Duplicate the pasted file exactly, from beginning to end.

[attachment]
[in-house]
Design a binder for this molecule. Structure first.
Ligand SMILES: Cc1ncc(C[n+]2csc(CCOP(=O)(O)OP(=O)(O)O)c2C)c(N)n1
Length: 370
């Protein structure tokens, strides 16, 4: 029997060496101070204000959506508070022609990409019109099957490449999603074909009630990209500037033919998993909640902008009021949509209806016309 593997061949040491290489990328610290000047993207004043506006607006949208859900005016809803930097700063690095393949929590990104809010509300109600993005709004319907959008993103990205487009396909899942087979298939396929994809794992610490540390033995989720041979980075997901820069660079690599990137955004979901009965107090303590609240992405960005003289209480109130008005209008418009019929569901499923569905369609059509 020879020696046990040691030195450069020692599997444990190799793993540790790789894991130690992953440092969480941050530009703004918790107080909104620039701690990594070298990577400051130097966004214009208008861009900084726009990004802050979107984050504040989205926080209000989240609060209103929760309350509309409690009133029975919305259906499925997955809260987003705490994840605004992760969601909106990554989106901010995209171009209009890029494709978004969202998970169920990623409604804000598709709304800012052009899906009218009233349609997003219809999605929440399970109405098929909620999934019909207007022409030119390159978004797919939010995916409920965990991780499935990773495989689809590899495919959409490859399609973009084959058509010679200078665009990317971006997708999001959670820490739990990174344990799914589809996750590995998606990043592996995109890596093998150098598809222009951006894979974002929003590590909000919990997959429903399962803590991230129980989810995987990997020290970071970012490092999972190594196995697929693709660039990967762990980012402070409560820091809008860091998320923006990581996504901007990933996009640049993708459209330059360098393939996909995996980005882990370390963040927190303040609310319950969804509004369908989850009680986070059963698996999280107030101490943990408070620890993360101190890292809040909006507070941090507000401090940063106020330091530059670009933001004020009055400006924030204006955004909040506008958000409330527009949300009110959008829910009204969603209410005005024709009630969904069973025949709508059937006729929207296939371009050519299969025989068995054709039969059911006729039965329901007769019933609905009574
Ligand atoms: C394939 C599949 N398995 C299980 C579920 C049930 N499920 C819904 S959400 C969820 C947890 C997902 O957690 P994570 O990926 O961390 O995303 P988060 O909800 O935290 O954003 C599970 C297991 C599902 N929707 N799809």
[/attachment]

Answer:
[in-house]
Design a binder for this molecule. Structure first.
Ligand SMILES: Cc1ncc(C[n+]2csc(CCOP(=O)(O)OP(=O)(O)O)c2C)c(N)n1
Length: 370
């Protein structure tokens, strides 16, 4: 029997060496101070204000959506508070022609990409019109099957490449999603074909009630990209500037033919998993909640902008009021949509209806016309 593997061949040491290489990328610290000047993207004043506006607006949208859900005016809803930097700063690095393949929590990104809010509300109600993005709004319907959008993103990205487009396909899942087979298939396929994809794992610490540390033995989720041979980075997901820069660079690599990137955004979901009965107090303590609240992405960005003289209480109130008005209008418009019929569901499923569905369609059509 020879020696046990040691030195450069020692599997444990190799793993540790790789894991130690992953440092969480941050530009703004918790107080909104620039701690990594070298990577400051130097966004214009208008861009900084726009990004802050979107984050504040989205926080209000989240609060209103929760309350509309409690009133029975919305259906499925997955809260987003705490994840605004992760969601909106990554989106901010995209171009209009890029494709978004969202998970169920990623409604804000598709709304800012052009899906009218009233349609997003219809999605929440399970109405098929909620999934019909207007022409030119390159978004797919939010995916409920965990991780499935990773495989689809590899495919959409490859399609973009084959058509010679200078665009990317971006997708999001959670820490739990990174344990799914589809996750590995998606990043592996995109890596093998150098598809222009951006894979974002929003590590909000919990997959429903399962803590991230129980989810995987990997020290970071970012490092999972190594196995697929693709660039990967762990980012402070409560820091809008860091998320923006990581996504901007990933996009640049993708459209330059360098393939996909995996980005882990370390963040927190303040609310319950969804509004369908989850009680986070059963698996999280107030101490943990408070620890993360101190890292809040909006507070941090507000401090940063106020330091530059670009933001004020009055400006924030204006955004909040506008958000409330527009949300009110959008829910009204969603209410005005024709009630969904069973025949709508059937006729929207296939371009050519299969025989068995054709039969059911006729039965329901007769019933609905009574
Ligand atoms: C394939 C599949 N398995 C299980 C579920 C049930 N499920 C819904 S959400 C969820 C947890 C997902 O957690 P994570 O990926 O961390 O995303 P988060 O909800 O935290 O954003 C599970 C297991 C599902 N929707 N799809």